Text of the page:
Footpaths and French Steam

22- 24 August 2019

The parcel from Dusseldorf stubbornly refused to oblige us by arriving. We stayed an extra 3 days to give it every opportunity but in the end arranged to pick up the part for Danny’s beloved Leatherman from the firm’s premises on our way to Düsseldorf. The upside of the wait was that we got in a couple of walks and a trip on a steam train. 

The weather decided to settle temporarily into warm afternoons without the usual rain  which was nice. We took advantage and walked up to the ruined Castle Staufen on the vine-clad hill overlooking the town. Famous grapes such as Riesling and Gewürztraminer were ripening invitingly and the whole thing was very picturesque.

Built around 1100 on the remains of a Roman fort the castle was abandoned in the  1600’s and has been slowly decaying ever since, although recent work does allow a climb to the top of what’s left of a tower for the views – west to the Rhine and France, east to the wooded hills of the Black Forest. We rewarded ourselves with some cake back in the village – the Germans do really wonderful, artery clogging but irresistible stuff.

A longer leg-stretch took us on a 10 mile circular walk to Sulzburg – it was supposed to be shorter but we took a couple of detours (unintended).  We climbed up wooded slopes through a mix of conifers, beech and oak to the summit of Katzenstuhl  then higher to Enggründlekopf (great name) where, at just over 700m, we stopped at a break in the trees for the views across the Rhine flood-plain to the Vosges mountains in France.


A long slow descent through the shade of the forest where delicate woodland flowers were still blooming down into sleepy Sulzburg. 

We finally found somewhere open to satisfy our hunger and had a traditional lunch. Flammenkuche – the German version of pizza, made with soured cream, smoked bacon and onion – is surprisingly tasty and Schnizel is….filling. Danny describes it as a German KFC (with pork) but not as tasty.

The route back was largely through sloping vineyards with enough of a climb to work off a bit of lunch before dropping down through pretty little Grunern with it’s massive 16th century wine press. It was a lovely day’s walk.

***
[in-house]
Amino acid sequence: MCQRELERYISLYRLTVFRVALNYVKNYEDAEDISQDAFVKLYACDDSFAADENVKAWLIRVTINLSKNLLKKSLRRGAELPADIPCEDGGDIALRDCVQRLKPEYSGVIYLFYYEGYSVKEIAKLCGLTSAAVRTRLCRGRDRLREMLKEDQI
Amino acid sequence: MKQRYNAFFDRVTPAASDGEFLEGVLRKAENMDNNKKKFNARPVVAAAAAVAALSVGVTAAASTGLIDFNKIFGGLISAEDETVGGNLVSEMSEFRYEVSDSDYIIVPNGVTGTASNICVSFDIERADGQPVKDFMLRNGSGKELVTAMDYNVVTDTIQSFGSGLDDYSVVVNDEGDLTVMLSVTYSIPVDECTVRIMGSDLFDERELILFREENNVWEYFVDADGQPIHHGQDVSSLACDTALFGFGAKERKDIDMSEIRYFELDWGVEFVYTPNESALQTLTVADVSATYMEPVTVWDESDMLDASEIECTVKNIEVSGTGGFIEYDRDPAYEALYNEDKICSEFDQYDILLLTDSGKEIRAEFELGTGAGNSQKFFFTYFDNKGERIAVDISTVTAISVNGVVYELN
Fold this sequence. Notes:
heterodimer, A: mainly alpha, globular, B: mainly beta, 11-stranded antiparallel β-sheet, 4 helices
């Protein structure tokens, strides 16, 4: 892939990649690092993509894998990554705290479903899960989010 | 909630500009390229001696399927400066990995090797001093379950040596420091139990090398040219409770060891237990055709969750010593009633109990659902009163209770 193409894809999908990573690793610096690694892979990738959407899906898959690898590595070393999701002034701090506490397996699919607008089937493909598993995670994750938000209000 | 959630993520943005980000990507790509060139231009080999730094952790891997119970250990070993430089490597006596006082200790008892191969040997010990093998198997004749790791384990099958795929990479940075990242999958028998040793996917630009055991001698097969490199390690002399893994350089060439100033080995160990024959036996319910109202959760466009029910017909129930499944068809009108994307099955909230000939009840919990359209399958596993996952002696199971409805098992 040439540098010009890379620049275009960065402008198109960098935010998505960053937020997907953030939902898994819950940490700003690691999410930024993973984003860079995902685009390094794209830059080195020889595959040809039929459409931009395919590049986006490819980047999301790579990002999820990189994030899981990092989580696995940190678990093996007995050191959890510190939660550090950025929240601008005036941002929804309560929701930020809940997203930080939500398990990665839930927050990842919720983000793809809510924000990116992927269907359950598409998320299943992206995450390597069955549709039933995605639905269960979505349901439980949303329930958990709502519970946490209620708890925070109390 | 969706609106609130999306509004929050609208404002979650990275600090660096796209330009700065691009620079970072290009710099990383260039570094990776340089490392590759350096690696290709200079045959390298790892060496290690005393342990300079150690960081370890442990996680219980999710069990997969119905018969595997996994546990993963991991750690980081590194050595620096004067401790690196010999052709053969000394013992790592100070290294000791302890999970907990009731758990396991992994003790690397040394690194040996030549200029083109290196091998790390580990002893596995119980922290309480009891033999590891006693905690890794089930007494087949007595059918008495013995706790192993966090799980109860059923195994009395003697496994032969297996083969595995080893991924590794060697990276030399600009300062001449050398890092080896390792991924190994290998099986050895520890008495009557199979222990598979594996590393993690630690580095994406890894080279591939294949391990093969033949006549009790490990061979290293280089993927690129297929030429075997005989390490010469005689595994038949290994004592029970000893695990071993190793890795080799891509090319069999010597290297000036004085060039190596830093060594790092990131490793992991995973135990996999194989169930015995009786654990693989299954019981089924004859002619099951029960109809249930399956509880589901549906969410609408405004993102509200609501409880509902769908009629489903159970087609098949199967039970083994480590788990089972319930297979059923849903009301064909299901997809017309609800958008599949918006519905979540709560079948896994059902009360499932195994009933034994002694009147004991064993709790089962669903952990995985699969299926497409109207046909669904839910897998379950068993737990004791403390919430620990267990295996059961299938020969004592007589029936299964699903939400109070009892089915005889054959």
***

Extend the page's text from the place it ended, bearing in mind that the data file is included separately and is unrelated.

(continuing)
Our last day before leaving Staufen we  drove the short distance west across the Rhine and into France, to Volgelsheim’s restored railway station for a steam train journey & Rhine cruise. 

With the 248 other pre-booked passengers we were eventually allowed to enter the station and pass through their rather chaotic system onto the platform where we got chatting to a guy with a Dublin accent – born in Malaysia, married to an Irish woman and now an Irish citizen and IT consultant. Small world.

Eventually we were settled in the old carriages, the black engine had a full head of steam up, loud  “choo choo’s” were sounded and we were chugging along the tracks, first towards the Rhine then down stream. 

We had a short visit to the sheds where the steam trains and their carriages are restored by the volunteers and where the real enthusiasts were in absolute heaven. Off again and we couldn’t resist hanging out of the window despite the soot that landed on our faces and stung our eyes. Finally we were ushered off and across the Colmar canal, up the steep Rhine levee and onto our 2-storey cruise boat. 

After queuing in the sun Danny opted for inside with aircon and soon we were off on an 80 minute cruise back up-river. The German side was well tended with small marinas and a well-used cyclepath-footpath all the way. People were messing about on boats and swans dabbled for food. On the French side a was scrubby and unused strip separates the river from the canal and the railway line. 

At Breisach the river forked round an island with a sandy beach where people were sunbathing and swimming and a weir, flood controls and a lock block further progress. We disembarked at the entrance to the Colmar canal, rejoined our train for the short journey back to Volgelsheim and finished our train & boat ‘fix’ in lovely early evening sunshine.